Zer0 Utopia x CETAPS Series          –         CETAPS+ Cultures of the Future Talks

April 2024        –        Online

Hosted by Manuel Sousa Oliveira (University of Porto / CETAPS) in partnership with Zer0 Books

Wed, Apr 3, 2024

5 PM UTC (Lisbon)

Jon Greenaway 

“Why Bloch Now? Dreams of a Better Life in an Age of Catastrophe”

Thu, Apr 11, 2024

5 PM UTC (Lisbon)

Anthony Galluzzo

“John Boorman’s Zardoz as Cultural Artifact and Prophetic Vision: From Critical Aquarianism to Degrowth”

Wed, Apr 17, 2024

5 PM UTC (Lisbon)

Bill Cashmore

“A Rupture in the Actual? The Problem of Utopia”

Wed, Apr 24, 2024

5 PM UTC (Lisbon)

Rachid M’Rabty

“On Pessimism and Utopia”


Register here: https://videoconf-colibri.zoom.us/meeting/register/tJAkd-Chpz0uGddid2VTs1gn8wwtXBNES46C

We live in an age of catastrophe, and the utopian project is left as either a naive dream at best or a wilful ignoring of the facts in front of us. The stakes for the audacious gamble of “socialism or barbarism” have never been higher and so it is incumbent upon us to find ways of thinking the possibilities of a better future. For this, we have no better resource than the colossal archive of work from the German philosopher and militant Ernst Bloch. This talk, an introduction to Bloch’s work, context, and overall philosophical project aims to make the case that even here and now, in the midst of ever more despair, what Bloch termed “the warm stream of Marxism” offers resources for an agential and politically meaningful philosophy of hope.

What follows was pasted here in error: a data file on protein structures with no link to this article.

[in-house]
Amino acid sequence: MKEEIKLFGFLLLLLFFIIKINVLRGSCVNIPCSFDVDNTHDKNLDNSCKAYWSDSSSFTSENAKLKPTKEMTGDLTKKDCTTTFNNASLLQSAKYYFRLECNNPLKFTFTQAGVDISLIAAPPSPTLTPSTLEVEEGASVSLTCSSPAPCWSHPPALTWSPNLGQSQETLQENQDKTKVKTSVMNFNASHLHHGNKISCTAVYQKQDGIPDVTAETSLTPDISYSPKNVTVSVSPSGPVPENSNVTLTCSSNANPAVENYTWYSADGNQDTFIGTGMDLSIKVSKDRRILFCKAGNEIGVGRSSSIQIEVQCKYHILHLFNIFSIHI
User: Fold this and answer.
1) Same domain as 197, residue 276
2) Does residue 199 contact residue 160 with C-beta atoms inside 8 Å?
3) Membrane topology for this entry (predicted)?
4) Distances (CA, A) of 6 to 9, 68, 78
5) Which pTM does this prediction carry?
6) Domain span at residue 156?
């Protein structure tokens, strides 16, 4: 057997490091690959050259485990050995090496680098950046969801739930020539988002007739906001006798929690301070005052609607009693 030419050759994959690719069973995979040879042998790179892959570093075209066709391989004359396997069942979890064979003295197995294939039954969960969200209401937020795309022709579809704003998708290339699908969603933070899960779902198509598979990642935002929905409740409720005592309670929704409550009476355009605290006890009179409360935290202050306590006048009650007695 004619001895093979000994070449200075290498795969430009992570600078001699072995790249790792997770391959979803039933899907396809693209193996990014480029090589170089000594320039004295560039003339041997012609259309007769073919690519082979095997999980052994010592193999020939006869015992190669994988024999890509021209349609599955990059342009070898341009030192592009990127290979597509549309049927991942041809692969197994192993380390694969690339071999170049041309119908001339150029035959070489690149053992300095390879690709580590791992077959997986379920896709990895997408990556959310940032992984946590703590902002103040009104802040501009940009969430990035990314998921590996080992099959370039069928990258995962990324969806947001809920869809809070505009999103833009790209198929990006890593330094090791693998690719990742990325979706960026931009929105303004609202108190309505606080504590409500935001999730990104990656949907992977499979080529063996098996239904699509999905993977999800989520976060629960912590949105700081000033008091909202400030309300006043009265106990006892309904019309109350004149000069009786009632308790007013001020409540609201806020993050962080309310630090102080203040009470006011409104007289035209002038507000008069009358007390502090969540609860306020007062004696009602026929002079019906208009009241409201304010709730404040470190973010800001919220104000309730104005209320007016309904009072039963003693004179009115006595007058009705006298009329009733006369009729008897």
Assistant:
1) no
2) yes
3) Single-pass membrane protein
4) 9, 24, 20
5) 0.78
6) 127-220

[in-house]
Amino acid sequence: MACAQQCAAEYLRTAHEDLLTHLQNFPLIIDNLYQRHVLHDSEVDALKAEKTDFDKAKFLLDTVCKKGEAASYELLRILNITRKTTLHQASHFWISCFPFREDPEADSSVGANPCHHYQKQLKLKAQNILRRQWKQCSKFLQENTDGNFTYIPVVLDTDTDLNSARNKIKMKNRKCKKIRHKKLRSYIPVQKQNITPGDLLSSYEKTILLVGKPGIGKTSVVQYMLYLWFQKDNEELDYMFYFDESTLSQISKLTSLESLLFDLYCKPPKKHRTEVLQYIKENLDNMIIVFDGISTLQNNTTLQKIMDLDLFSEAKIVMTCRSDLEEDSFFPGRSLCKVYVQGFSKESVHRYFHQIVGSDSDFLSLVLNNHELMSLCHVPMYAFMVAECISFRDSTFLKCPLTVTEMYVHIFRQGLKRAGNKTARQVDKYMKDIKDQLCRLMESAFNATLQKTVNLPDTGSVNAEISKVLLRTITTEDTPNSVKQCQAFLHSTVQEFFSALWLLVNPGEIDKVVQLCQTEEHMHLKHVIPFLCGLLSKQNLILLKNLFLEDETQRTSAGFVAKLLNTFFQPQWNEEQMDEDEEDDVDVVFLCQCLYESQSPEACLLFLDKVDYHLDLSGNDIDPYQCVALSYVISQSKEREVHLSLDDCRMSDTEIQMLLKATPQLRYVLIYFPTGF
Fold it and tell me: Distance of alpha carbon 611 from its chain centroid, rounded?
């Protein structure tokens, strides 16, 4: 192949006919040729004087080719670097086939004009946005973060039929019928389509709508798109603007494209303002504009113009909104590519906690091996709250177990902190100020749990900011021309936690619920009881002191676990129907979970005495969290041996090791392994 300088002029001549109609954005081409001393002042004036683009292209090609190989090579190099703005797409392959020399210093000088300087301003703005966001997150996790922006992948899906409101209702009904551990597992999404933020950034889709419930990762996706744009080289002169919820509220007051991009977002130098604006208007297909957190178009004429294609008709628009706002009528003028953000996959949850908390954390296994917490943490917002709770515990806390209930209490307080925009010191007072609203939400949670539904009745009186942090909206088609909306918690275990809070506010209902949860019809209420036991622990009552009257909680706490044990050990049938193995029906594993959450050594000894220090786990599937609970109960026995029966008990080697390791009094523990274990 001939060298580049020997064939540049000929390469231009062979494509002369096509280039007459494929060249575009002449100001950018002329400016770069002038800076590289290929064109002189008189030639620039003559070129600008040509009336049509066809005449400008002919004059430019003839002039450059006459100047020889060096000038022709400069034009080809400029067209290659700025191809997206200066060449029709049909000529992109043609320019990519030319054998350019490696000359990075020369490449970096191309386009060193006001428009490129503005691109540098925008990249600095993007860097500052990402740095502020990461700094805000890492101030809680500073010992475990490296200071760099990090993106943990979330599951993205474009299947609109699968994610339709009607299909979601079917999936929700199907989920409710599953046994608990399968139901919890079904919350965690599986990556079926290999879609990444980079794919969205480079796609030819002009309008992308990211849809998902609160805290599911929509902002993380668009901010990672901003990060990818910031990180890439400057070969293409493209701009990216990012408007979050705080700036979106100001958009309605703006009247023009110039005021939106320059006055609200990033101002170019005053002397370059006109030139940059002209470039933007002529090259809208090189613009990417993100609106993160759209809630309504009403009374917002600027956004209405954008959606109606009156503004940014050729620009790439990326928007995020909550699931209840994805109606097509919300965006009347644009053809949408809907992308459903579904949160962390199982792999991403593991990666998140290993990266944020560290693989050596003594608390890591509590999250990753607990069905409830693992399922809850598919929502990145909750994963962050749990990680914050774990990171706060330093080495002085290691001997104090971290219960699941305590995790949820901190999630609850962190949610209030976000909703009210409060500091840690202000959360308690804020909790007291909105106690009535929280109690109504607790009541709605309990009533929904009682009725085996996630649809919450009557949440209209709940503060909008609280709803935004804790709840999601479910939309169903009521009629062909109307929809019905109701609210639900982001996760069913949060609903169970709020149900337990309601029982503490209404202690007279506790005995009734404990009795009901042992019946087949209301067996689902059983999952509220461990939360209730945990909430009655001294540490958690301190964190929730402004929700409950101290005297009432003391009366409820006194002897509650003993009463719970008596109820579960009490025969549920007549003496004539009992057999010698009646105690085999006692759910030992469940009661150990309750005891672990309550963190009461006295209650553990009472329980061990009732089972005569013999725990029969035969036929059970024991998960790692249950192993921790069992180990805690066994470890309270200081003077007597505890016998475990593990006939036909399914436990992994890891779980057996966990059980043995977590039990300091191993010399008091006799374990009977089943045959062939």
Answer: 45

Dr Jon Greenaway (pronouns he/they) is an independent academic and author. He has taught at universities across the UK on the intersections of horror, theology, and Marxism. He is the co-editor of Horror and Religion: New Literary Approaches To Theology, Race and Sexuality (UWP, 2019), the author of Theology, Horror and Fiction (Bloomsbury, 2021), and the forthcoming book Capitalism: A Horror Story (Repeater Books, 2024). His work has appeared in The Guardian, The New York Times, and a host of other outlets, and he is the co-host of the podcast Horror Vanguard which reaches 5,000 listeners a week covering horror film, theory, and left politics.   

Greenaway’s new book A Primer on Utopian Philosophy (Zer0 Books) is available here: https://www.collectiveinkbooks.com/zer0-books/our-books/primer-utopian-philosophy-ernst-bloch  

Hosted by Manuel Sousa Oliveira (University of Porto / CETAPS).  In partnership with Zer0 Books


Register here: https://videoconf-colibri.zoom.us/meeting/register/tJUvfuihrjMrHNYrl7nMDTBDqd-YIv4bXbmy